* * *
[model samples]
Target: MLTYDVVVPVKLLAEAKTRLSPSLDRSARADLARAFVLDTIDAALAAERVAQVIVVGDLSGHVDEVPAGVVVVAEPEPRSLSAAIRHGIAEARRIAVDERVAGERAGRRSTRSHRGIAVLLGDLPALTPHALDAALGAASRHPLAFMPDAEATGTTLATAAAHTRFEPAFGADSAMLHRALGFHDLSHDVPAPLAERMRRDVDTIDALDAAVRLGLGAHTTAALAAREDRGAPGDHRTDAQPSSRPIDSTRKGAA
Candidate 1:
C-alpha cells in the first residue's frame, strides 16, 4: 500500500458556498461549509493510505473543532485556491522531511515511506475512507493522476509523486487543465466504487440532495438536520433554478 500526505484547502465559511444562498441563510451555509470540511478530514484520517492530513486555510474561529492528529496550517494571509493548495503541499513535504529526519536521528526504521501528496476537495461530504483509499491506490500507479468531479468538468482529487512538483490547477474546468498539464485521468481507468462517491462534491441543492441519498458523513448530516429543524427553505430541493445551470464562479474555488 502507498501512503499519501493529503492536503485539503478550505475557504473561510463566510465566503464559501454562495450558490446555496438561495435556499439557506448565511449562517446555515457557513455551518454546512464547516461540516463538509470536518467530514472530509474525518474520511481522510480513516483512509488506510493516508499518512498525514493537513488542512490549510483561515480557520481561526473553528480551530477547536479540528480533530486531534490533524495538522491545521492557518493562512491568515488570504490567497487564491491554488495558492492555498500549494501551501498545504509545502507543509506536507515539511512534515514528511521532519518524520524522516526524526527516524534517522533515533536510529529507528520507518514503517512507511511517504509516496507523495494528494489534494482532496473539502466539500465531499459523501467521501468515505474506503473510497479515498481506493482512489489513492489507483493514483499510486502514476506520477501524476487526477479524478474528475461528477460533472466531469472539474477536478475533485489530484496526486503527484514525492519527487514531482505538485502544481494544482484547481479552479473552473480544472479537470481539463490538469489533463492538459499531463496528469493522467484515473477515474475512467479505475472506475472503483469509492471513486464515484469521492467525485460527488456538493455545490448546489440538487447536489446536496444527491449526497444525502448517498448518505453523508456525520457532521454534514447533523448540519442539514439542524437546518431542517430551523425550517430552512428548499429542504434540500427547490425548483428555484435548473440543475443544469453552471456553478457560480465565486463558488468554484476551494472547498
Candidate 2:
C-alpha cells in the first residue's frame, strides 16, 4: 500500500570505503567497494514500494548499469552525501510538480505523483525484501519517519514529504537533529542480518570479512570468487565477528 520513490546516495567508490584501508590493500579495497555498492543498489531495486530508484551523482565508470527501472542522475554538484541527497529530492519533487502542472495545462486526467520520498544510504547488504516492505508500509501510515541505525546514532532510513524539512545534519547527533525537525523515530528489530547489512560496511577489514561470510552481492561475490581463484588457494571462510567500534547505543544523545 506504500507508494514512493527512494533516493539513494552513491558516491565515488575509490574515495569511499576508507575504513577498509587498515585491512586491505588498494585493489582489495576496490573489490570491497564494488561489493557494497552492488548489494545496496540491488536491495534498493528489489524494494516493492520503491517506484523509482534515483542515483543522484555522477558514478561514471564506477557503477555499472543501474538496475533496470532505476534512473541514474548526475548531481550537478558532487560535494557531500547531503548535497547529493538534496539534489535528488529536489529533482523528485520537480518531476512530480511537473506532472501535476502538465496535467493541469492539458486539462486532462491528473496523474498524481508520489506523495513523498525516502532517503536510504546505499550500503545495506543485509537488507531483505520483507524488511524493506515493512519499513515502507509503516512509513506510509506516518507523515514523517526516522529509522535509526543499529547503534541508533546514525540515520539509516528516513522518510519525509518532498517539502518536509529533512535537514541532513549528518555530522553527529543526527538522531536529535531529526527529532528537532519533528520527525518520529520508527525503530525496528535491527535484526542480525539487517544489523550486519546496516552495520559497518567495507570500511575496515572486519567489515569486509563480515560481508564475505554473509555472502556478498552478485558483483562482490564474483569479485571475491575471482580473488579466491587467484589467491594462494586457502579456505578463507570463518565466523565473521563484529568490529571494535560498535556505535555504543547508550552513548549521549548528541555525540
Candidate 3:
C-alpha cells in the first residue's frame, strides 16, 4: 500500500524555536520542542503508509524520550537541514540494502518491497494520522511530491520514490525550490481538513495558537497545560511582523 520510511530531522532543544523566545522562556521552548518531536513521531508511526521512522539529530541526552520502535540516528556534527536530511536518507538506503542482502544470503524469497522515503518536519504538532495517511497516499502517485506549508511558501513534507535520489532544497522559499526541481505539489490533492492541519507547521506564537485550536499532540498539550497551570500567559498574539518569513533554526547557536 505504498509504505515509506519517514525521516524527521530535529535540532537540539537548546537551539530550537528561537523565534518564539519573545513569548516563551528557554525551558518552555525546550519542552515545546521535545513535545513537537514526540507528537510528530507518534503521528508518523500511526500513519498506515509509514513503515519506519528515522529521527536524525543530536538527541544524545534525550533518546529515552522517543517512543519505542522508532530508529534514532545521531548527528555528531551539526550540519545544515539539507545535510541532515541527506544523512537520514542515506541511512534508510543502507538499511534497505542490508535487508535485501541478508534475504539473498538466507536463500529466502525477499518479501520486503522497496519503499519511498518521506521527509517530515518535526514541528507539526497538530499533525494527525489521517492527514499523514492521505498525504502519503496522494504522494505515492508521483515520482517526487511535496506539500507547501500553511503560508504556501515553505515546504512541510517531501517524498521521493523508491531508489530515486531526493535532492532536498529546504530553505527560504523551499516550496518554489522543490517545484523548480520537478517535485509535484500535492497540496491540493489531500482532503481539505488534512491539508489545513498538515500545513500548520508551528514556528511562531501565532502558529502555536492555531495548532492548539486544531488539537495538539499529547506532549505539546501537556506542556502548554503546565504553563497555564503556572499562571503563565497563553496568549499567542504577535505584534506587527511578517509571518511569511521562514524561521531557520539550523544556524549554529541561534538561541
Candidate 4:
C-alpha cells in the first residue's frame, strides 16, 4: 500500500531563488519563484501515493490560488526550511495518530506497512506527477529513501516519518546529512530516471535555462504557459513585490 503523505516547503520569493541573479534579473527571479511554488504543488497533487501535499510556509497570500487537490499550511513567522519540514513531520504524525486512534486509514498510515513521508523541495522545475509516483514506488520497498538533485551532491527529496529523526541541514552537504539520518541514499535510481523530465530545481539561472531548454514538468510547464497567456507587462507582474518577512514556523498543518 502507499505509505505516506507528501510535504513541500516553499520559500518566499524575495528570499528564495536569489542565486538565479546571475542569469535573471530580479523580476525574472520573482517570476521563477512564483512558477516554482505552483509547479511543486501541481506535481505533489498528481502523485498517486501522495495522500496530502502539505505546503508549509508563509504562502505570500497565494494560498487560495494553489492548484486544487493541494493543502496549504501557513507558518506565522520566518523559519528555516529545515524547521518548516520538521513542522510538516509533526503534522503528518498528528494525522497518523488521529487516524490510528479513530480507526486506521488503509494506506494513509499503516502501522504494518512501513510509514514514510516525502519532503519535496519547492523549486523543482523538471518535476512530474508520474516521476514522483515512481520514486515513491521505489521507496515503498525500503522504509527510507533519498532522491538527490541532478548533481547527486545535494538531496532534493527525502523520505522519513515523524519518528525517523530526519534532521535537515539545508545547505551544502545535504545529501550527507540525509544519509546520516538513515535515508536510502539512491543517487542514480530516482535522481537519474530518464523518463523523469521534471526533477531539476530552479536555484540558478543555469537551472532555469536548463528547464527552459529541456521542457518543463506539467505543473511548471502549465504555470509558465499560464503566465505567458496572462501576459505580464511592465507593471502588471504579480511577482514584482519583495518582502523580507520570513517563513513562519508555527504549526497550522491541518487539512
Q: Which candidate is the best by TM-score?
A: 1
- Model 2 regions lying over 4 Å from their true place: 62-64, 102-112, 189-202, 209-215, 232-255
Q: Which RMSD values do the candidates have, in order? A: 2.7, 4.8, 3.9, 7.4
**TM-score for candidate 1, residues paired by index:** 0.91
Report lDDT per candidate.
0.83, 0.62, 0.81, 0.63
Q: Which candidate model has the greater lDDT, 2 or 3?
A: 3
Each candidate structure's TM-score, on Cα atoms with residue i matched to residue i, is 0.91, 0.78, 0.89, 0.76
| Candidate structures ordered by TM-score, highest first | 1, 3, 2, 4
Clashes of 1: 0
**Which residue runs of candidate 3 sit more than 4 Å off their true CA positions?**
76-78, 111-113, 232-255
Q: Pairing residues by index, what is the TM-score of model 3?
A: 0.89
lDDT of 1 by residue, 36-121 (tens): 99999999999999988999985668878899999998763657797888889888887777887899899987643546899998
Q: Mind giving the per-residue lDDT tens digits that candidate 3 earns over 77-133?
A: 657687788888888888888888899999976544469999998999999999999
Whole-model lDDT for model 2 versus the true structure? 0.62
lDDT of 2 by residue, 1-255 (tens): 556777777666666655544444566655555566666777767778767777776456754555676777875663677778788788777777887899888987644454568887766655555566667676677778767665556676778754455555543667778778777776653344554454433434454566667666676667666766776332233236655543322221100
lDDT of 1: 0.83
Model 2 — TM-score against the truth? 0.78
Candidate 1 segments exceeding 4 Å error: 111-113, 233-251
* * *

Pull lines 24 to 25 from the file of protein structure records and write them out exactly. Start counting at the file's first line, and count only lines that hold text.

76-78, 111-113, 232-255
Q: Pairing residues by index, what is the TM-score of model 3?